One more rant and I'll lay off.
I continue taking samples:
|Hey Barbara Bloetscher! Reed Johnson! Robert Miller!|
But will anything become of it? I'm very skeptical.
And here lies the rant...
It's so painfully obvious that something is wrong here. It was obvious in 2012 with Jim's bee kill and beekeepers nationwide during the last decade.
Something is wrong!
Why are the wheels turning so slow?
Why does it take months to run a test on a few bee samples?
A small beekeeper in podunk Williamsport Ohio garners some attention for just a moment... and then gets ignored.
Big beekeepers, Jim Doan, Dave Hackenberg, scream about neonics... and get ignored.
Jim North had the spotlight:
and got ignored...
Maybe "ignored" is the wrong word. There are people working on this, I know. Very smart people.
But the money is on the wrong side. The good guys don't have the money.
It's hard to read the above article, but one maddening thing that caught my eye was the spokesman for Bayer CropScience. His explanation for the 2012 dead bees was the early spring: "...bees are coming out earlier and there is not enough available food for them."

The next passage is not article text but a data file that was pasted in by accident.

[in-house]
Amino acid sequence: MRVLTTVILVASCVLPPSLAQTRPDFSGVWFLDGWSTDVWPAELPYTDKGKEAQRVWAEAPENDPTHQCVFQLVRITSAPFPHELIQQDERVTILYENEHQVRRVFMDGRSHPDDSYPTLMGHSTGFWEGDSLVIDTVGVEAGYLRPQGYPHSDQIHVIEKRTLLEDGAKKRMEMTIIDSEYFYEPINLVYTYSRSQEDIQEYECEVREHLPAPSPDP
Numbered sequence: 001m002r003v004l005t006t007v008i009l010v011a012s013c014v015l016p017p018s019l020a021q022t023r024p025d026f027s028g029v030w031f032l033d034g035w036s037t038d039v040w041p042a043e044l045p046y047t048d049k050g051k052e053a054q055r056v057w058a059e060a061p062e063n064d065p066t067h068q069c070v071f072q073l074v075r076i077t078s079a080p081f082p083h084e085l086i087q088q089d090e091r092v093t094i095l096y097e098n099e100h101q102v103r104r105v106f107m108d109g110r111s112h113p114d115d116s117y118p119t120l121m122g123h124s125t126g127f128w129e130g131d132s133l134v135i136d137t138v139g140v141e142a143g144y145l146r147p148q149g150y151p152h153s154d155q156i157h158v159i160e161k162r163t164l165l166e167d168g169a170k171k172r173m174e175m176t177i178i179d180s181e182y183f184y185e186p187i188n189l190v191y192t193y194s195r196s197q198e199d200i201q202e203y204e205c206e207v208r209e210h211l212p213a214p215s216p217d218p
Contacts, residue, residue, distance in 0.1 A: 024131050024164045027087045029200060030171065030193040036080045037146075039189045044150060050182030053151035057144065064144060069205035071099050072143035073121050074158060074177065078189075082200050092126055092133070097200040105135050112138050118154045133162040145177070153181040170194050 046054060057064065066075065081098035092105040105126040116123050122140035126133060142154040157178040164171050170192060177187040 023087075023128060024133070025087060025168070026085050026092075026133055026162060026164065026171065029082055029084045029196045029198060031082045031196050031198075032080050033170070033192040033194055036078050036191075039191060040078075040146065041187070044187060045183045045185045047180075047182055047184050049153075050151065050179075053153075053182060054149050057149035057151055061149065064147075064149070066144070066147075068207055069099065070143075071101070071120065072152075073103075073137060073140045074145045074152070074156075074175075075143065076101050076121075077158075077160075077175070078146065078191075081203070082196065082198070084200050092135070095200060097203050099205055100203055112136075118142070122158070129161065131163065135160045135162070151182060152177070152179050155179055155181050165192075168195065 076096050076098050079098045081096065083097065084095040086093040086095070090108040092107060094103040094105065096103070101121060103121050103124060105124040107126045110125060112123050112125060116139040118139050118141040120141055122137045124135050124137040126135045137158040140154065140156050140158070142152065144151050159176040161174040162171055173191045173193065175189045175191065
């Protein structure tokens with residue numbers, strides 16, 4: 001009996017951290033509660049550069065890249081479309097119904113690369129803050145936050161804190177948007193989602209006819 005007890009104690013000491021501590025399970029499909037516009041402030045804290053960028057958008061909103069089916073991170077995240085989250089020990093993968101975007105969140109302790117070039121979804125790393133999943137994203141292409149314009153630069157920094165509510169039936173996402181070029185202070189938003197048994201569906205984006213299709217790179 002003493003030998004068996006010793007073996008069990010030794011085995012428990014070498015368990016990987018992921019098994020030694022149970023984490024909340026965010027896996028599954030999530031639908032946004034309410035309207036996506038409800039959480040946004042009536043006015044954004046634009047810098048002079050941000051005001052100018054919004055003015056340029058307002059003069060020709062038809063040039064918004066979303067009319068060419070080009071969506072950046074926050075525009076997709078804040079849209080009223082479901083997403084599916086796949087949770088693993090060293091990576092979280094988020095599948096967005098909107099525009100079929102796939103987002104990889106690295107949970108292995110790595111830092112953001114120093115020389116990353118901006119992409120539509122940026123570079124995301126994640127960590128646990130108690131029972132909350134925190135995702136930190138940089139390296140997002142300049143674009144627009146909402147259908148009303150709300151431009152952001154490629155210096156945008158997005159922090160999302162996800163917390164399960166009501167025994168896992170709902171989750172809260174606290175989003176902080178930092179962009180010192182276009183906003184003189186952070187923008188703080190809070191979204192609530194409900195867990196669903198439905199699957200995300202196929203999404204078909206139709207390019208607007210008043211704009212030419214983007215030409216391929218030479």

Are you kidding? Not enough food?
There were flowers everywhere! The bees were making honey!
What a load of crap! And that statement actually stood. It got published... and believed! I had a friend who works for the ODA repeat much the same thing when I confronted him with the issue.
What we needed was a good guy. Someone to step in and say, "Um, Mr. Bayer CropScience you should shut up now because you sound like an idiot."
"Bees don't starve in big dead piles in front of the hive."
"Bees don't starve when it's 70 degrees out and the honeysuckle is in bloom."
Where was our good guy? Someone to point the finger, unleash the hounds, make the laws, change the chemicals...
Muffled and choked, that's where. Bayer has the money.
And speaking of honeysuckle. It's blooming!
Bees just love this stuff.
And as I said in that blog post that got all the attention, this plant lines the fields. It's a great thing but could turn deadly... if millions of flowers happen to be catching dust from a corn planter.